From Gene Logsdon
Talk about heresy. What if food production should not be part of either a capitalistic or a socialistic economy. The first commandment of agriculture states that you must put back into the soil the fertility you take out of it. That being so, the only real profit from food production is how good the food tastes and how well it sustains health and well-being. Any actual money profit beyond that might simply be a sign that the farming is flawed. Failed civilization on top of failed civilization suggests that idea, but every new civilization that flourishes for awhile believes it can beat the system.
Farming has to be subsidized in modern economies because nature can’t compete with money interest. An ear of corn, even the record-shattering 15-inch ear I found in my field yesterday, has never heard of six percent interest. An ear of corn grows at its own sweet pace, come recession or inflation, which is the modern version of hell or high water. Every attempt to make it grow at a pace that matches the way we can manipulate paper money growth, results in some downside. (Eventually it happens with money too.) GMO scientists crow about their new seeds but there is little significant increase in yield from them, in fact in some cases, documented decreases. When an increase does occur it usually comes from lack of weed competition not an actual genetic increase in yield. Most above average increases in crop yields come from good weather. Monsanto and Dupont are trying to take the credit for the big corn crop this year when their very same seeds that produce a good crop on one farm result in only half a crop two miles down the road where timely rains did not fall.
Every time a new variety of corn is hailed as producing higher yields, it takes a higher amount of inputs to get it. Increased yields invariably mean decreased food nutrients in the crop too. Increases in food nutrient value in a new variety, especially protein, invariably result in yield decreases. That’s why high protein corn varieties haven’t yet been largely accepted. They mean less yield. The increases in total crop production that we have gotten over the past fifty years come more from getting all farmers to follow the good management practices of the best farmers. There is irony in that too. The “good” practices of the “best” farmers are often the worst practices in terms of extracting wealth from the soil and not returning enough of it. Some of those “poor” farmers, by their very ineptness, could be rated as the best farmers environmentally because they are mining the soil the least. True story: One of my neighbors, gone now, made a living working in a factory and farming on the side. His crops were so poor that he could rarely be accused of mining the soil. One year his tractor quit on him while he was cultivating corn. He just left it set there and walked away. In the fall, the farmer who harvested the scraggly crop for him was surprised to find the abandoned tractor rusting away among the giant ragweeds.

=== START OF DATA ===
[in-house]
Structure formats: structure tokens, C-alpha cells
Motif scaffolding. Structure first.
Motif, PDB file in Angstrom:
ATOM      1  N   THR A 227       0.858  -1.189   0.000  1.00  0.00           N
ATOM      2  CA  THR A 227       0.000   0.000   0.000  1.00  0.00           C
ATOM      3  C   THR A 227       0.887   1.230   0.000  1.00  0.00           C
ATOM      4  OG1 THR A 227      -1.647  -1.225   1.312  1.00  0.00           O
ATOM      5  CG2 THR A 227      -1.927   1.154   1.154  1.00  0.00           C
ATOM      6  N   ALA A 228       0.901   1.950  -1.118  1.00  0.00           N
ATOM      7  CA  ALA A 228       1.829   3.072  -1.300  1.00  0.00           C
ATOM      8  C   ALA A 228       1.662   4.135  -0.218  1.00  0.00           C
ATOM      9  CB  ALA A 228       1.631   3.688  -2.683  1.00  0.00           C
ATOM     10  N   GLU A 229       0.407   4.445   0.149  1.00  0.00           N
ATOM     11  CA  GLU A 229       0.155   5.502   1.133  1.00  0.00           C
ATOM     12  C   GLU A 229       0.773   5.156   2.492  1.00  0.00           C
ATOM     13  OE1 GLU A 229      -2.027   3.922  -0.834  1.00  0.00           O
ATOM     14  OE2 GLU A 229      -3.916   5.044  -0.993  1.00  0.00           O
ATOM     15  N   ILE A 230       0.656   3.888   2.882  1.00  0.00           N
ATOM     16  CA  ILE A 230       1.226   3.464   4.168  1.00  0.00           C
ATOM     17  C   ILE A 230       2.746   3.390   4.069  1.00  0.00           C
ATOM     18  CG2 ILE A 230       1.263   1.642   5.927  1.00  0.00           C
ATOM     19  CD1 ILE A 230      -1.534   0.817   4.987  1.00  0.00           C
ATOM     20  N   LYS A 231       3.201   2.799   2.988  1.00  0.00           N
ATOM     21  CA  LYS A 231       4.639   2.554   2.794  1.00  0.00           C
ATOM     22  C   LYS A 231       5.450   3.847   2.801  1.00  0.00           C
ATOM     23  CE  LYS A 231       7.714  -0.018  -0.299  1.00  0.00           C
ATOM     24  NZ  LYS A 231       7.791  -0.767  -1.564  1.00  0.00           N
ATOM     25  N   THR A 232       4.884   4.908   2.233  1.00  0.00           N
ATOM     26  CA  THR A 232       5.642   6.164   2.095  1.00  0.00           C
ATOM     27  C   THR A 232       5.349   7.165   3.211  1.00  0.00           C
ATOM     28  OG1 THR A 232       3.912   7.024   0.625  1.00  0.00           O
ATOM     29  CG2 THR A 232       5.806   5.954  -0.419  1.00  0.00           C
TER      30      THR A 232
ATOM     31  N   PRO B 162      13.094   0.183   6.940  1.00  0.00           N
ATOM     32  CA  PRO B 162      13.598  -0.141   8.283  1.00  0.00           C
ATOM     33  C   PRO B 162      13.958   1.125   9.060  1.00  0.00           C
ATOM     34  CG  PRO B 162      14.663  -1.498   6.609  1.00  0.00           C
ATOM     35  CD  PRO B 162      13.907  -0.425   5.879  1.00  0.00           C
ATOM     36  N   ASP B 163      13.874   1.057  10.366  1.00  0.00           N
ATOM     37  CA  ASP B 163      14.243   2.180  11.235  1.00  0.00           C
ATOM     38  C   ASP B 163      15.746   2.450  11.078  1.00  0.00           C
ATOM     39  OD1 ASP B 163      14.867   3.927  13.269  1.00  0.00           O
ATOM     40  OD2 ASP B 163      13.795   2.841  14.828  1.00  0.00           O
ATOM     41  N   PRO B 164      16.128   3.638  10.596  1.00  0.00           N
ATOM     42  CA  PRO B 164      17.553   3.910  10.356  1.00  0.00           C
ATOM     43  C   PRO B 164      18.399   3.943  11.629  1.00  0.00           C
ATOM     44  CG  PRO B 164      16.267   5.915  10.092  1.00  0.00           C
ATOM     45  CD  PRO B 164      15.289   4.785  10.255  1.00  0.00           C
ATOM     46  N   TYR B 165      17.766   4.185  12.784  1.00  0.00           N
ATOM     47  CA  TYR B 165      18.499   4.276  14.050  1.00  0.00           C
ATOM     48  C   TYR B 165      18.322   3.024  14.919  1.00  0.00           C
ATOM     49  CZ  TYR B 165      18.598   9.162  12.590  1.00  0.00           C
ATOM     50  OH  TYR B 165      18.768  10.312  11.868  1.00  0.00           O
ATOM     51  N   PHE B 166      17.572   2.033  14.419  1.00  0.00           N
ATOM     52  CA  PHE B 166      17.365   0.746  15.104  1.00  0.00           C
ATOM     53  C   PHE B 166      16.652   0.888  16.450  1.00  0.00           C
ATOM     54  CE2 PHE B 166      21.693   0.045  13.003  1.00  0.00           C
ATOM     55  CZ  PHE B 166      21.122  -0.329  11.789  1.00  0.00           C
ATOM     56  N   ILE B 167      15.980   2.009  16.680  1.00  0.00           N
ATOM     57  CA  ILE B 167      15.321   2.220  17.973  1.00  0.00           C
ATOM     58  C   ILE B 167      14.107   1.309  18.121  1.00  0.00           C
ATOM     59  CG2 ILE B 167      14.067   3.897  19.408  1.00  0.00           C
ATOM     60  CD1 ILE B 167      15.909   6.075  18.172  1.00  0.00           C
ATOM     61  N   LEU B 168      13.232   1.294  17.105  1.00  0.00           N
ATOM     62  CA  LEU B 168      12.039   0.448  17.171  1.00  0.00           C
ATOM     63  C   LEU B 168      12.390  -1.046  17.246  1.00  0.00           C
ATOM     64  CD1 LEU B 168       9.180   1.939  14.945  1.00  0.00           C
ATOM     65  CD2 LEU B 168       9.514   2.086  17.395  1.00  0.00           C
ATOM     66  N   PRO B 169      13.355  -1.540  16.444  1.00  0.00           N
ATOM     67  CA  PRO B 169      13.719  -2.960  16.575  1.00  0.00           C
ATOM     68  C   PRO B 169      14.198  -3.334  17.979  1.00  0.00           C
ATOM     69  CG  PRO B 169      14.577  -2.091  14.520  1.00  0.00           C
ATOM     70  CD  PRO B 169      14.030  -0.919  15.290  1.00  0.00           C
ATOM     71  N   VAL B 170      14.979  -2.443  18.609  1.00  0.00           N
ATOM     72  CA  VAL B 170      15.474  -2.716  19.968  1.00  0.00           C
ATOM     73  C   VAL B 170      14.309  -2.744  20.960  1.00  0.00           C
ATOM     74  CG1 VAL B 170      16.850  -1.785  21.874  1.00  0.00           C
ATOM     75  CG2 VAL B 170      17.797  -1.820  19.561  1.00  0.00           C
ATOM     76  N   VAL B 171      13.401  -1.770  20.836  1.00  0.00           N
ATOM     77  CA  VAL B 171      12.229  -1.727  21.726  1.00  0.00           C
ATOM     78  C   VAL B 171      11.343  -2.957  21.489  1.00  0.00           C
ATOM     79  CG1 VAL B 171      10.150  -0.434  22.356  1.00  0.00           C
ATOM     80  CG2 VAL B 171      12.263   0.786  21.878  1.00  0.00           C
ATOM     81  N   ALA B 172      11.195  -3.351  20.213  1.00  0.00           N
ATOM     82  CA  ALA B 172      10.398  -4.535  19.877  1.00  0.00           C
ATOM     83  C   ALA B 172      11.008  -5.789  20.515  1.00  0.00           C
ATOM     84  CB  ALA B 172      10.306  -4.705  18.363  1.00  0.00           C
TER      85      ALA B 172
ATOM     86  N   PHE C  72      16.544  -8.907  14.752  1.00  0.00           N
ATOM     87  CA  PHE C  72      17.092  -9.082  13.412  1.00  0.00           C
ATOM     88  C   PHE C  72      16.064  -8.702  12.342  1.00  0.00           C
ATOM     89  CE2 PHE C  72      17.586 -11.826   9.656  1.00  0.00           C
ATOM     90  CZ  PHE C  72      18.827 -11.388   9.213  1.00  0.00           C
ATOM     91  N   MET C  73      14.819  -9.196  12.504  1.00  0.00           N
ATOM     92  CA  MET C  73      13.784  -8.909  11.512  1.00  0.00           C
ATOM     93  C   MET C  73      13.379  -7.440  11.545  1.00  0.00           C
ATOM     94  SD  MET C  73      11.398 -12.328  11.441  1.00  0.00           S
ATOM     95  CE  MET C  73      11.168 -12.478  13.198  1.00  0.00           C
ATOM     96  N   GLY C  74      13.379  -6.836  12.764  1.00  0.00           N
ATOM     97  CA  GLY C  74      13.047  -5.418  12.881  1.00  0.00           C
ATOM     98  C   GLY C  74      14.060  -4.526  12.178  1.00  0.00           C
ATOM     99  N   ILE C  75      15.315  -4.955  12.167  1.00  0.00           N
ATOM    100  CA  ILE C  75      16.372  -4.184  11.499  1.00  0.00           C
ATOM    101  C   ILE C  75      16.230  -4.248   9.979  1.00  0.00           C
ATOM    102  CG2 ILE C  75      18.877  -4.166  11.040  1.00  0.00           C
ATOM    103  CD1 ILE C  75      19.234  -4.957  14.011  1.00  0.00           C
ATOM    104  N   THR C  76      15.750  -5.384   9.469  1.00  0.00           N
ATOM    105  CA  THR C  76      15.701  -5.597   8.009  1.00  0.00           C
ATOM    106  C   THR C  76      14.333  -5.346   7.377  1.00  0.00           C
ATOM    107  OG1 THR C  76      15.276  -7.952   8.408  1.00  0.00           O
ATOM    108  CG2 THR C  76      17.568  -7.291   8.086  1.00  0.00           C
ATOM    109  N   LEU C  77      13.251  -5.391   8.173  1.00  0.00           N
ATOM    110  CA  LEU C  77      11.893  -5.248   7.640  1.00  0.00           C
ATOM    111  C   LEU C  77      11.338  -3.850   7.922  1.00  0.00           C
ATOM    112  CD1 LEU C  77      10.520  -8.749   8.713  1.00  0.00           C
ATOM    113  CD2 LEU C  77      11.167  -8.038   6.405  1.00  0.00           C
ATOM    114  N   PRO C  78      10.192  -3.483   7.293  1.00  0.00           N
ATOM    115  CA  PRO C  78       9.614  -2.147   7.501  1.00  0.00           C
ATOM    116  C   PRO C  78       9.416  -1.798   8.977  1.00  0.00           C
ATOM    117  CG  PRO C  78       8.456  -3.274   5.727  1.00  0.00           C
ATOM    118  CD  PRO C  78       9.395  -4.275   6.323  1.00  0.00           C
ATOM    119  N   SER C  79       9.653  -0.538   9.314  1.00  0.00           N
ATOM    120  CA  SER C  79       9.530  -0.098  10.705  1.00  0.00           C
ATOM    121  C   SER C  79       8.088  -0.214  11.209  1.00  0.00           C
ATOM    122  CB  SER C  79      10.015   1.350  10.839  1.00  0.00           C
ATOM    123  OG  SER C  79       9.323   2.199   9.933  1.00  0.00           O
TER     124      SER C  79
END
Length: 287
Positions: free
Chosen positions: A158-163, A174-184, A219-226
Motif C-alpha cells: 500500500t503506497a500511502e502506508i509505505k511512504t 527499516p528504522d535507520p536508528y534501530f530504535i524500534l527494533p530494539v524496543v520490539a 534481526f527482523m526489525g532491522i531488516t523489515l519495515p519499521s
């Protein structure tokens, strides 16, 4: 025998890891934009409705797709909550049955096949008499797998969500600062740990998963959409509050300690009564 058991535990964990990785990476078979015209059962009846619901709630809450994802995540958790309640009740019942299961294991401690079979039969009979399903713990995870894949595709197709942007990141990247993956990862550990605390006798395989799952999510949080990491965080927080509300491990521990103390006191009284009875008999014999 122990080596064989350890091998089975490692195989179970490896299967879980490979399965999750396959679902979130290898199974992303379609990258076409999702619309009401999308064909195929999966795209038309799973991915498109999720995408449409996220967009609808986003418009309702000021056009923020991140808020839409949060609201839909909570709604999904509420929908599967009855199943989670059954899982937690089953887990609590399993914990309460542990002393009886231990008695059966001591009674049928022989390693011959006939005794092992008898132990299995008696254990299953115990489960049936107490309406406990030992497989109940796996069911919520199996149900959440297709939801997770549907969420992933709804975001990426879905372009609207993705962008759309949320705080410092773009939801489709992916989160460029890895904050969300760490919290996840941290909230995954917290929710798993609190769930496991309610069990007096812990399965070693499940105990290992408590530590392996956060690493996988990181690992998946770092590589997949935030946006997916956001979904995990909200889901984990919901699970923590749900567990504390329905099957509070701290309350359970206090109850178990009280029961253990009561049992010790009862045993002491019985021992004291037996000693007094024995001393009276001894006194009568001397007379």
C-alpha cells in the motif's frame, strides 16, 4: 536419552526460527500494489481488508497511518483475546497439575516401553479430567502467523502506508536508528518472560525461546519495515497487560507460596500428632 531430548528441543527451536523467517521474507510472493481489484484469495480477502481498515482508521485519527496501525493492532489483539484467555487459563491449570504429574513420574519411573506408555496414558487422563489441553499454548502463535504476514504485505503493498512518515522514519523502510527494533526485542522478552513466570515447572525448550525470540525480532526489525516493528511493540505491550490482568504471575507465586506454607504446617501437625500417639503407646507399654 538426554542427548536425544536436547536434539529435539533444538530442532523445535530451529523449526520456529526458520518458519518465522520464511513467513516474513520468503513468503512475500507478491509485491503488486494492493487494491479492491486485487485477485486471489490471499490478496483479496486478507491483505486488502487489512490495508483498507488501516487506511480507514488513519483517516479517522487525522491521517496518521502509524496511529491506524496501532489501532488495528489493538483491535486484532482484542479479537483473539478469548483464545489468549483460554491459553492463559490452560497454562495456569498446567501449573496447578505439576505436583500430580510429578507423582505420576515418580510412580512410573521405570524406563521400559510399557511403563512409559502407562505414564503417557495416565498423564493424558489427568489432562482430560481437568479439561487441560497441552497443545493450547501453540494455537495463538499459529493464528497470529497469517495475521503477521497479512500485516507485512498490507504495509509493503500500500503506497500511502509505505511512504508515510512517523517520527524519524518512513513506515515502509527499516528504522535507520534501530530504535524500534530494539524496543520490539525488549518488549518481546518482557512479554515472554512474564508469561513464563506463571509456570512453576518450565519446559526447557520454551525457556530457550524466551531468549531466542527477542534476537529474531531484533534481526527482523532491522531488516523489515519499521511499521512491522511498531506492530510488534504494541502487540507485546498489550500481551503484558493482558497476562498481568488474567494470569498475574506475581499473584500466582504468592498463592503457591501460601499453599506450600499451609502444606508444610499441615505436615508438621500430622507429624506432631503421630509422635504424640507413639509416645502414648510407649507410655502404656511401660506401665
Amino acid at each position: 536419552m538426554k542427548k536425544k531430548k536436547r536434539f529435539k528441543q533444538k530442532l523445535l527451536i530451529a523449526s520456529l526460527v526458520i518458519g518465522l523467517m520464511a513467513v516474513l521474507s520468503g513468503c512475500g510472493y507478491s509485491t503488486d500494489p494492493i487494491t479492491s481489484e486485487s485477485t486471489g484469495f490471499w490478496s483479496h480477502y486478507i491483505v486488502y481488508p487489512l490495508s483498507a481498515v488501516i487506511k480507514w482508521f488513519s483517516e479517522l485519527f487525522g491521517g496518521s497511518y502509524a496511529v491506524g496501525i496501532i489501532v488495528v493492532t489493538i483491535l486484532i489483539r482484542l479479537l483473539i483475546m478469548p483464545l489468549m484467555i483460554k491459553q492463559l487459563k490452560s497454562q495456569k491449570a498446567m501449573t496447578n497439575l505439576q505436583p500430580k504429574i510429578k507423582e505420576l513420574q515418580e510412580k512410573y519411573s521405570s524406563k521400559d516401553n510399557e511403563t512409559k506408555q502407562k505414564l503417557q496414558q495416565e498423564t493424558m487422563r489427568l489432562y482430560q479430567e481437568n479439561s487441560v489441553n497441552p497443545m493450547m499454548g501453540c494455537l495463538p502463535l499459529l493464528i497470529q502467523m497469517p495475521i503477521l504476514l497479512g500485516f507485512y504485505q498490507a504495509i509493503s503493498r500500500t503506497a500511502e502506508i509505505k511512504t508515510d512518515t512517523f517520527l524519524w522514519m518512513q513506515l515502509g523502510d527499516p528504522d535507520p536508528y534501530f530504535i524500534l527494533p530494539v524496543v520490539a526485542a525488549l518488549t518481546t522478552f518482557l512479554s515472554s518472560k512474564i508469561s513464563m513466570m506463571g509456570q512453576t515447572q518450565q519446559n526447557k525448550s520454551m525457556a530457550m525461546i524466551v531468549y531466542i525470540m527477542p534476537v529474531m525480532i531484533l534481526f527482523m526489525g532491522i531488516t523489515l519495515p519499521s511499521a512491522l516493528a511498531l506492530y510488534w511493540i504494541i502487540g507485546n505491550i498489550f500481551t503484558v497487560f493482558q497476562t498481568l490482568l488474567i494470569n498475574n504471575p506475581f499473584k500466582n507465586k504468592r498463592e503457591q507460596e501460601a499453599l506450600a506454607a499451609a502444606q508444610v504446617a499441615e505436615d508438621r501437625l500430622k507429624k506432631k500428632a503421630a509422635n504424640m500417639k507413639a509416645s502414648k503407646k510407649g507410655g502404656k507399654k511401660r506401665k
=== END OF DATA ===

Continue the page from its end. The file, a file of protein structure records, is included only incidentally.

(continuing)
Last week I wrote about how I made, by my own goofy way of calculating, $550 an acre on the measly little bit of corn I grew while the big producers were in danger of barely breaking even on their thousands of acres. Obviously, if there were a hundred million people raising gardens of corn the way I do, there would be plenty of corn for everyone but no one would make any cash profit on it to speak of. So? How’s that any different from what’s happening right now. And if cash profit is made today, how much of that is canceled out by the social costs of a hundred million people unable to grow their own food?
When I brag about my 15-inch ear of record-breaking yellow dent corn, I am no different than Monsanto bragging about how it will feed the world with GMO crops. Nature rules not Monsanto nor I. The only reason a stalk of my corn grew such a gigantic ear is that there was not another stalk closer than 20 inches on either side of it. Had there been stalks closer, that ear would have been more like eight to ten inches long. Decreasing plant population to get fewer but bigger ears does not increase total yield any more than increasing plant population with resultant shorter ears.
That’s a reflection of the second law of the land: There is a limit on how much food an acre will produce. No civilization has learned how to get around that law so far. Trying to do so leads to a constant round of environmental collapse and starting over again.
Let us contemplate an awesomely scary thought. Humans seem to be genetically incapable of limiting their desires to fit the laws of nature. So can farming ever be truly sustainable? I have been studying the rise and fall of civilizations on the American continent over the past 12,000 years or so, (an awesome book, “1491” by Charles C. Mann) and what archaeologists have learned so far is that the answer is no.